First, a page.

What we lack is not human intuition. Rather we lack the tools to make human intuition effective and automated. The head of the NCTC told a rather shocked Senate committee the other day that, in effect, NCTC analysts don’t have a “Google‐like” tool for database inquiries. They can’t, for example, simply type in “Umar Farouk” and pull up all the pages with links to that name.
But even that wouldn’t be enough—because there would likely still be far too many “Umar Farouk” pages for any analyst to review (especially if instead the name we had was, for example, “Omar Abdul”). What is necessary, as the Markle Foundation has said persistently, is for us to authorize and invest in tools that allow for automated analytics—things like tagged data (so that corrections to information are automatically transmitted for updates), identity resolution techniques (so that “Umar” and “Omar” are both considered), and persistent queries (so that a question that an analyst asked last month about Umar Farouk persists in the databases and is automatically linked to a father’s warning about his son Umar when that comes in three weeks later). We need automated knowledge discovery systems—ones that run continuously and repeatedly so that every day we check for new information about “Umar Farouk” and about all the other hundreds of thousands of intelligence leads. These are tasks that take time, and time is what computers have plenty of.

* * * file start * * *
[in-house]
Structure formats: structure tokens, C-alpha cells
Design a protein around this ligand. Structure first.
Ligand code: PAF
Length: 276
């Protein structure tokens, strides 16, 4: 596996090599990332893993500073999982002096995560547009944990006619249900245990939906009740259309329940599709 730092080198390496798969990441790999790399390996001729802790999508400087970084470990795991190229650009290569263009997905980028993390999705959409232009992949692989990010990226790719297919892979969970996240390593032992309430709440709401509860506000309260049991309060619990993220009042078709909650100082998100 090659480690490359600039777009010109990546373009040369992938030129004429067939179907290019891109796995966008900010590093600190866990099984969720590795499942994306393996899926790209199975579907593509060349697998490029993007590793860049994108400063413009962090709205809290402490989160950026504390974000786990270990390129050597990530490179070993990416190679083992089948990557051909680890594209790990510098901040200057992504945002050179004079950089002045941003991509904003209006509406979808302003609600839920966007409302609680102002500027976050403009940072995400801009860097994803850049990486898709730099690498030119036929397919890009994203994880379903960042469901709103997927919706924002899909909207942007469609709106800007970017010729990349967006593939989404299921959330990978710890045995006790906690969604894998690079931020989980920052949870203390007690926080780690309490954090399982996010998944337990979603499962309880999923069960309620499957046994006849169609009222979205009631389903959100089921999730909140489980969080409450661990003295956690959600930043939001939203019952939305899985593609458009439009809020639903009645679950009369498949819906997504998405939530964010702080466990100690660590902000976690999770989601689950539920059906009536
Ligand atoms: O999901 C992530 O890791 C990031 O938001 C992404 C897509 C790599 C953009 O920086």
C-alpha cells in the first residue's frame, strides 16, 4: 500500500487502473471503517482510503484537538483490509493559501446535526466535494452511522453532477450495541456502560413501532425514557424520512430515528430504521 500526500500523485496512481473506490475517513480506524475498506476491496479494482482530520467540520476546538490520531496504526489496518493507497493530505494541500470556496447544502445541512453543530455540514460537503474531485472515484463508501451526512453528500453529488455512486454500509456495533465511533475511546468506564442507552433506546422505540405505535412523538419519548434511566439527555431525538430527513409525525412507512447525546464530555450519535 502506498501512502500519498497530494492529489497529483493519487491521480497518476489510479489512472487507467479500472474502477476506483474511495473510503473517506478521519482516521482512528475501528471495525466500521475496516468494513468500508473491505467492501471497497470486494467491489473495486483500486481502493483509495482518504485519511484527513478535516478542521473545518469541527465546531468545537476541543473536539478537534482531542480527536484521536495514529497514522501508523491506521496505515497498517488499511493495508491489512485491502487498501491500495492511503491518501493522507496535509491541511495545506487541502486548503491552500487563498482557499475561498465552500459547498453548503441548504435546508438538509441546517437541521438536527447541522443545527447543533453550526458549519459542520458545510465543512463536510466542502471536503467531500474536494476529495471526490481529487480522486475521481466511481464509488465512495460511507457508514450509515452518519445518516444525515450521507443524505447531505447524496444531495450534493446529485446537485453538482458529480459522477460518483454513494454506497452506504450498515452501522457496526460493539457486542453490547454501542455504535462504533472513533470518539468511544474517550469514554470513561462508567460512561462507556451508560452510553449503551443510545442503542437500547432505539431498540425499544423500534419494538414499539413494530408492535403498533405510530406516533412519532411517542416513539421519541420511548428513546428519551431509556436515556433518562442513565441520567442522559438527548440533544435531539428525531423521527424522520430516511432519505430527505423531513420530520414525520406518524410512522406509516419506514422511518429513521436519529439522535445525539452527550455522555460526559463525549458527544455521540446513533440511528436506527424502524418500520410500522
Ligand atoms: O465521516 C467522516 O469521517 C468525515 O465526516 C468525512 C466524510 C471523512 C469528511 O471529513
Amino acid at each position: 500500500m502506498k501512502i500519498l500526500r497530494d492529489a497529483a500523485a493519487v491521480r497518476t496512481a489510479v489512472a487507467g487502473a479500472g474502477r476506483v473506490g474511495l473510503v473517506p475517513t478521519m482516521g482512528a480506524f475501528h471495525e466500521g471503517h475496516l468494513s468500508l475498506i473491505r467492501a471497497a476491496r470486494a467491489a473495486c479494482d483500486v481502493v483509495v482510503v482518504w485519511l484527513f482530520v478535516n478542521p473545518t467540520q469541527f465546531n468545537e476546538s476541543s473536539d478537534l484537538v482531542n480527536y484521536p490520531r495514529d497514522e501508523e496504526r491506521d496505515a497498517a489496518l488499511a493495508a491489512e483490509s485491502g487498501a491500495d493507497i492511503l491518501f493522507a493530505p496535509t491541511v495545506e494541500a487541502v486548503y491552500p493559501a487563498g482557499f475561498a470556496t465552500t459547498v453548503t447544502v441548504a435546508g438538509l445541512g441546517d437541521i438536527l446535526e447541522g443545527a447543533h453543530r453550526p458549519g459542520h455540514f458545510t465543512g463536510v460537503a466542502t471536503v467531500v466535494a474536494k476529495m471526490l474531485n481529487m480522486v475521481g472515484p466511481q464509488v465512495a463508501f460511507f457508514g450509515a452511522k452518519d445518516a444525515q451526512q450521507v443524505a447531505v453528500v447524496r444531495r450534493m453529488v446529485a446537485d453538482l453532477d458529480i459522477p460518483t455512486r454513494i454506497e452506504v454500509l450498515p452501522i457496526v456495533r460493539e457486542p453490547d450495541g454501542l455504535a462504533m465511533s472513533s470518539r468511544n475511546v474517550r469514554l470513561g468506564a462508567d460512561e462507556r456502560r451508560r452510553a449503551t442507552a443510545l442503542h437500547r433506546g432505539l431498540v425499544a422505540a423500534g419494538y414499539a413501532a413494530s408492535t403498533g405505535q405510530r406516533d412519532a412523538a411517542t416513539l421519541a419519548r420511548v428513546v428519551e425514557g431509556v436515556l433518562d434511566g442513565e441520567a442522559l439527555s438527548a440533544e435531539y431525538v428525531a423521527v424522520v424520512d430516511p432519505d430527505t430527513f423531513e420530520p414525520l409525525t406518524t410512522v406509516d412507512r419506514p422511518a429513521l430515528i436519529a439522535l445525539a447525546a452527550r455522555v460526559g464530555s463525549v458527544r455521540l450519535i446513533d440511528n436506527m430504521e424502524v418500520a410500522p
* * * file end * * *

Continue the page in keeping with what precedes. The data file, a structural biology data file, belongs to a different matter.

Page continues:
We don’t have those tools now. In part it’s a question of investment and development. But at its core it is a question of policy and politics. Without the tools needed, we develop what Jeff Jonas calls “enterprise amnesia.” He’s right, and it’s our own fault.
All decisions have consequences. Our decision to stop research on data analytic tools back in 2003 has led, in an almost straight line, to our analysts’ difficulty in sifting the signal of a real terrorist, like Abdulmutallab, from the noise of thousands of bits of data. It’s time to rethink our priorities and our policies.
–Paul Rosenzweig is the Principal at Red Branch Consulting PLLC and the former Deputy Assistant Secretary for Policy at the Department of Homeland Security.
Homepage photo courtesy The Washington Post